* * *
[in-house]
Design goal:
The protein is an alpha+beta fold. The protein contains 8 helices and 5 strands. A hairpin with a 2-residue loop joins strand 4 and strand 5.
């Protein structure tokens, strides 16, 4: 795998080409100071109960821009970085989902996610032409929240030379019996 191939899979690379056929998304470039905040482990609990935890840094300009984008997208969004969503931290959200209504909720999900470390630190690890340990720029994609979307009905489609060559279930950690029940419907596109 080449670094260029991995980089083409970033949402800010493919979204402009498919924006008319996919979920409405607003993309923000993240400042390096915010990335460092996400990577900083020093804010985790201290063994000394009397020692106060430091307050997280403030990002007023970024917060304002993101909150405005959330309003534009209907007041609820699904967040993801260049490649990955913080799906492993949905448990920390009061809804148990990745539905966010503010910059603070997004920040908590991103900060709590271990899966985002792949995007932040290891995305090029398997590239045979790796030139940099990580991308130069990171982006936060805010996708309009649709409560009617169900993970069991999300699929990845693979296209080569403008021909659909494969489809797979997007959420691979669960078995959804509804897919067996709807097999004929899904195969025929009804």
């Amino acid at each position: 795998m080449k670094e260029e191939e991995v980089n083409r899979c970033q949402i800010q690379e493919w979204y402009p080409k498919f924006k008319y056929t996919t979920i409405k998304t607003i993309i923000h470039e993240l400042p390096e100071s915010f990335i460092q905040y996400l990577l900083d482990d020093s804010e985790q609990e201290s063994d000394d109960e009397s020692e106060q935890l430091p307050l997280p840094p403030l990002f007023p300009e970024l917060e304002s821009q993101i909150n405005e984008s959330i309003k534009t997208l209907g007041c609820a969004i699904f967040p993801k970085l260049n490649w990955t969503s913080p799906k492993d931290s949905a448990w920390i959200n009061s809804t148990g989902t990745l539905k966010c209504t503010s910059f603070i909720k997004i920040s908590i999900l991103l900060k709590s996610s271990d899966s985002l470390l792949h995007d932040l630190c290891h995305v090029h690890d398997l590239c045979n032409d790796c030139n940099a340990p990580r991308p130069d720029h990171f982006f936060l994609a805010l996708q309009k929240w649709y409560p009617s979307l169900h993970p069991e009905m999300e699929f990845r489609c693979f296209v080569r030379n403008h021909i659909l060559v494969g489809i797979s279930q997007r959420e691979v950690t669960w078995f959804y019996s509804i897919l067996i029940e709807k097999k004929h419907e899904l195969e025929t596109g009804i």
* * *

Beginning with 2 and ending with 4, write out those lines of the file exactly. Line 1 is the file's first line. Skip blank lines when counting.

Design goal:
The protein is an alpha+beta fold. The protein contains 8 helices and 5 strands. A hairpin with a 2-residue loop joins strand 4 and strand 5.
């Protein structure tokens, strides 16, 4: 795998080409100071109960821009970085989902996610032409929240030379019996 191939899979690379056929998304470039905040482990609990935890840094300009984008997208969004969503931290959200209504909720999900470390630190690890340990720029994609979307009905489609060559279930950690029940419907596109 080449670094260029991995980089083409970033949402800010493919979204402009498919924006008319996919979920409405607003993309923000993240400042390096915010990335460092996400990577900083020093804010985790201290063994000394009397020692106060430091307050997280403030990002007023970024917060304002993101909150405005959330309003534009209907007041609820699904967040993801260049490649990955913080799906492993949905448990920390009061809804148990990745539905966010503010910059603070997004920040908590991103900060709590271990899966985002792949995007932040290891995305090029398997590239045979790796030139940099990580991308130069990171982006936060805010996708309009649709409560009617169900993970069991999300699929990845693979296209080569403008021909659909494969489809797979997007959420691979669960078995959804509804897919067996709807097999004929899904195969025929009804």